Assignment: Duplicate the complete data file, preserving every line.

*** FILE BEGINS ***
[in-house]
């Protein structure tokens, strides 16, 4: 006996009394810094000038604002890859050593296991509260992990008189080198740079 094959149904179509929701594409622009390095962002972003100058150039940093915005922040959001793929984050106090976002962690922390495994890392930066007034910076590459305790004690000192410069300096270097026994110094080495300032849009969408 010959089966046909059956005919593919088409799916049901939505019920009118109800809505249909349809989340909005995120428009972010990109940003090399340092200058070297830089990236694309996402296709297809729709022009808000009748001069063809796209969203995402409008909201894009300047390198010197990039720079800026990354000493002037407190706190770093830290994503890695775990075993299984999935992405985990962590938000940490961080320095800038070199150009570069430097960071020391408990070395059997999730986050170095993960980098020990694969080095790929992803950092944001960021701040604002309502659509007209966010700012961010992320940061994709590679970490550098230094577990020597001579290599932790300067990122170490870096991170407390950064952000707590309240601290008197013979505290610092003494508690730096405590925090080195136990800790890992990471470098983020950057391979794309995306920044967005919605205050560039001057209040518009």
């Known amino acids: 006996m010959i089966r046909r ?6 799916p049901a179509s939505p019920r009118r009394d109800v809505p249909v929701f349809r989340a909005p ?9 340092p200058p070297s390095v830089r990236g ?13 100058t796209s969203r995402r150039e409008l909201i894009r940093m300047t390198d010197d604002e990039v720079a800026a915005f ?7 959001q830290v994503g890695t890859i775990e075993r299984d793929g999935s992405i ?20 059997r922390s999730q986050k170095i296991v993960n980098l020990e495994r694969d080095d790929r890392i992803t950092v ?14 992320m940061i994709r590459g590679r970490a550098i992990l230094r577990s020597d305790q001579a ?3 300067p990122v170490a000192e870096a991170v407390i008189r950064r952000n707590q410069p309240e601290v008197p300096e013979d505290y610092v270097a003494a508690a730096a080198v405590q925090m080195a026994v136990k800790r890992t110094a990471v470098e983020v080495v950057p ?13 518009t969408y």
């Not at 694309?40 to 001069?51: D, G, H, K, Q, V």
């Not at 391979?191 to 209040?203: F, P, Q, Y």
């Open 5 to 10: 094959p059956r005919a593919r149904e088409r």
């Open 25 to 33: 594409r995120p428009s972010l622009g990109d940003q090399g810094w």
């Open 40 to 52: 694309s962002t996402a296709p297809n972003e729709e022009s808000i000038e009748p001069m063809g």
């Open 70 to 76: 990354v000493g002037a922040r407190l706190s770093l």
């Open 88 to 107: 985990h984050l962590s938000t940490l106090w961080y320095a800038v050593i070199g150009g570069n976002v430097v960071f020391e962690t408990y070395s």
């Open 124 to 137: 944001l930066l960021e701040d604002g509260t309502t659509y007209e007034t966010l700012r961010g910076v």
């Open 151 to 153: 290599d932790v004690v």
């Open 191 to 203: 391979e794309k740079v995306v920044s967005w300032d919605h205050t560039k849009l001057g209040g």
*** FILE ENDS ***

[in-house]
């Protein structure tokens, strides 16, 4: 006996009394810094000038604002890859050593296991509260992990008189080198740079 094959149904179509929701594409622009390095962002972003100058150039940093915005922040959001793929984050106090976002962690922390495994890392930066007034910076590459305790004690000192410069300096270097026994110094080495300032849009969408 010959089966046909059956005919593919088409799916049901939505019920009118109800809505249909349809989340909005995120428009972010990109940003090399340092200058070297830089990236694309996402296709297809729709022009808000009748001069063809796209969203995402409008909201894009300047390198010197990039720079800026990354000493002037407190706190770093830290994503890695775990075993299984999935992405985990962590938000940490961080320095800038070199150009570069430097960071020391408990070395059997999730986050170095993960980098020990694969080095790929992803950092944001960021701040604002309502659509007209966010700012961010992320940061994709590679970490550098230094577990020597001579290599932790300067990122170490870096991170407390950064952000707590309240601290008197013979505290610092003494508690730096405590925090080195136990800790890992990471470098983020950057391979794309995306920044967005919605205050560039001057209040518009």
């Known amino acids: 006996m010959i089966r046909r ?6 799916p049901a179509s939505p019920r009118r009394d109800v809505p249909v929701f349809r989340a909005p ?9 340092p200058p070297s390095v830089r990236g ?13 100058t796209s969203r995402r150039e409008l909201i894009r940093m300047t390198d010197d604002e990039v720079a800026a915005f ?7 959001q830290v994503g890695t890859i775990e075993r299984d793929g999935s992405i ?20 059997r922390s999730q986050k170095i296991v993960n980098l020990e495994r694969d080095d790929r890392i992803t950092v ?14 992320m940061i994709r590459g590679r970490a550098i992990l230094r577990s020597d305790q001579a ?3 300067p990122v170490a000192e870096a991170v407390i008189r950064r952000n707590q410069p309240e601290v008197p300096e013979d505290y610092v270097a003494a508690a730096a080198v405590q925090m080195a026994v136990k800790r890992t110094a990471v470098e983020v080495v950057p ?13 518009t969408y």
């Not at 694309?40 to 001069?51: D, G, H, K, Q, V």
């Not at 391979?191 to 209040?203: F, P, Q, Y």
């Open 5 to 10: 094959p059956r005919a593919r149904e088409r």
């Open 25 to 33: 594409r995120p428009s972010l622009g990109d940003q090399g810094w």
């Open 40 to 52: 694309s962002t996402a296709p297809n972003e729709e022009s808000i000038e009748p001069m063809g």
């Open 70 to 76: 990354v000493g002037a922040r407190l706190s770093l």
């Open 88 to 107: 985990h984050l962590s938000t940490l106090w961080y320095a800038v050593i070199g150009g570069n976002v430097v960071f020391e962690t408990y070395s």
């Open 124 to 137: 944001l930066l960021e701040d604002g509260t309502t659509y007209e007034t966010l700012r961010g910076v």
């Open 151 to 153: 290599d932790v004690v």
């Open 191 to 203: 391979e794309k740079v995306v920044s967005w300032d919605h205050t560039k849009l001057g209040g």